Acute rhabdomyolysis caused by Spirulina (Arthrospira platensis).
Rhabdomyolysis is a potentially life-threatening disorder that occurs as a primary disease or as a complication of a broad spectrum of other diseases. We report the first case of acute rhabdomyolysis after ingestion of Spirulina (Arthrospira platensis), a plantonic blue-green alga, as a dietary supplement. [c] 2008 Elsevier GmbH. All rights reserved.
Keywords: Rhabdomyolysis; Spirulina; Arthrospira platensis
The term "rhabdomyolysis" literally means "striped muscle dissolution", but is usually thought to encompass the clinical and laboratory phenomena associated with skeletal muscle injury and subsequent release of muscle cell contents into the systemic circulation (Mazokopakis in press). Physical symptoms of syndrome include muscular weakness, swelling, pain, cramping and darkened or tea-colored urine. One of the most reliable methods of assessing muscular damage is to check for increases in blood serum levels of creatine kinase (CK), which is located in the sarcolemma and mitochondrial intermembrane space of healthy muscle cells. Other laboratory indicators of rhabdomyolysis include elevated serum myoglobin, aldolase, aminotransferases (ALT/SGPT, AST/SGOT) and lactate dehydrogenase (LDH) levels and the presence of myoblobinuria. Rhabdomyolysis can be caused by a number of factors divided into several fundamental catagories, namely, an imbalance between muscle energy consumption and production (the latter of which can be genetically based or acquired), primary muscle injury, decreased muscle oxygenation, infections, drugs, foods and toxins (Giannoglou et al. 2007; Mazokopakis in press). This syndrome can result in electrolyte abnormalities, acidosis, clotting disorders, hypovolemia, and acute renal failure. In this letter, we describe the first case of acute rhabdomyolysis after ingestion of Spirulina (Arthrospira platensis), a plantonic blue-green alga, as a dietary supplement.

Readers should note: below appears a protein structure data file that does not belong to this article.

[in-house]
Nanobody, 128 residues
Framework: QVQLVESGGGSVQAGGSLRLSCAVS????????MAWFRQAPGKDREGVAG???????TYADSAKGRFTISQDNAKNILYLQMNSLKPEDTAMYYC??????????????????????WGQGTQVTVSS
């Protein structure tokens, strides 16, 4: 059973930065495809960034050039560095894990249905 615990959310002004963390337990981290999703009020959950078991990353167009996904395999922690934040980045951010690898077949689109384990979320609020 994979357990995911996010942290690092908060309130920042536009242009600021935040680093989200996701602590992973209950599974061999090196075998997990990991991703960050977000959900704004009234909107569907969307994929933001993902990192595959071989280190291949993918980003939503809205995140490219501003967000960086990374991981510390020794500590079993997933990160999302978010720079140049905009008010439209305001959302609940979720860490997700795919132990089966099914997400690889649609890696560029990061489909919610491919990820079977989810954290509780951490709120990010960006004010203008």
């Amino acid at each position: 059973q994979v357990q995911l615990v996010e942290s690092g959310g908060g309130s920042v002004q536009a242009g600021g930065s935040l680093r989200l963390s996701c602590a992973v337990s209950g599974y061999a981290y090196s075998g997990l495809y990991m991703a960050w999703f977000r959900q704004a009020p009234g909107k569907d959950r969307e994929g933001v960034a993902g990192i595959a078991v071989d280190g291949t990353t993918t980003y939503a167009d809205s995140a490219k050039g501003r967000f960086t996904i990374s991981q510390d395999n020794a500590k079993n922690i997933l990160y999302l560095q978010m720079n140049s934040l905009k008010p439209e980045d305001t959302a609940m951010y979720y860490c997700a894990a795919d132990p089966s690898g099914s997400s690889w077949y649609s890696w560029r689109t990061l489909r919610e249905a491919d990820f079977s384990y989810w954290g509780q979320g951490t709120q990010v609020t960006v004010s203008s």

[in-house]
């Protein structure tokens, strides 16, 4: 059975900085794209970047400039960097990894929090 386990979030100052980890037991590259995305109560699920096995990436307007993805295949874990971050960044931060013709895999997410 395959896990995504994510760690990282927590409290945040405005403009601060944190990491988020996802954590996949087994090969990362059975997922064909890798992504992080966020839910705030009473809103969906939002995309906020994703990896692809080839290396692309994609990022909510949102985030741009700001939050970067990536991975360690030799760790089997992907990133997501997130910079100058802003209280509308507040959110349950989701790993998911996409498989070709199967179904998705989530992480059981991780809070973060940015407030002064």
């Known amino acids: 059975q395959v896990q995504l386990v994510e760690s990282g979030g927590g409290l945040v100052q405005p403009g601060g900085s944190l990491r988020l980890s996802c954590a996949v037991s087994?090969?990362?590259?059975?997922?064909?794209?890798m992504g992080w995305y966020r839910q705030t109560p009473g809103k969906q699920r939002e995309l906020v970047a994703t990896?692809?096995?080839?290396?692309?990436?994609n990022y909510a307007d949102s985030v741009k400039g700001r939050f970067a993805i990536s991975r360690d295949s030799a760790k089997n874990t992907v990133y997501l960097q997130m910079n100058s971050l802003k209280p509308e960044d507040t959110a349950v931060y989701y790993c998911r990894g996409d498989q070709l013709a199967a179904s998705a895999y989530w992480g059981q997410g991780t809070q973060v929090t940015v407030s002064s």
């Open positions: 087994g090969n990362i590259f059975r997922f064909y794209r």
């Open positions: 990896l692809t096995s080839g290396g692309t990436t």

A 28-year-old man was admitted to the hospital because of weakness and myalgias localized at his chest and loin. He was taking 100% Hawaiian Spirulina (A. platensis) tablets manufactured in the USA by Solgar Vitamin and Herb, as a dietary supplement (3 g per day) during the previous 1-month period. He was not taking other medications, had no allergies to food or medications, and did not use alcohol, cigarettes or illicit drugs. His clinical examination revealed normal cardiopulmonary findings and a temperature of 36.7 [degrees]C. The hematological tests were indicative of rhabdomyolysis, showing elevated CK levels (9000 U/l, normal range: 40-226 U/l), and elevated levels of other muscle enzymes such as myoglobin (2243 [micro]g/1, normal range: 0-70 [micro]g/1), ALT (180 U/l, normal range: 0-45 U/l), AST (288 U/l, normal range: 0-45 U/l), LDH (1265 U/l, normal range: 120-450U/1, normal range: 0-8 U/l). His urine was dark brown and urinalysis revealed myoglobinuria. Chest X-ray and electrocardiogram (ECG) were normal. Results of troponin and direct Coombs' test were negative. Thyroid function tests, glucose-6-phosphate dehydrogenase (G-6PD) in the erythrocytes, and serum lactic acid were normal. Serological and immunologic tests, such as tests for hepatotropic viruses were negative. The patient did not report consumption of Spirulina in the past or relevant family history. He was hydrated for 4 days and then discharged. One week later, he remained free of symptoms and laboratory findings were normal. The forearm ischemic exercise test which performed to differentiate possible genetic causes of rhabdomyolysis (Sinkeler et al. 1986) was normal. Consumption of Spirulina was the cause of acute rhabdomyolysis, as other known causes of rhabdomyolysis were excluded.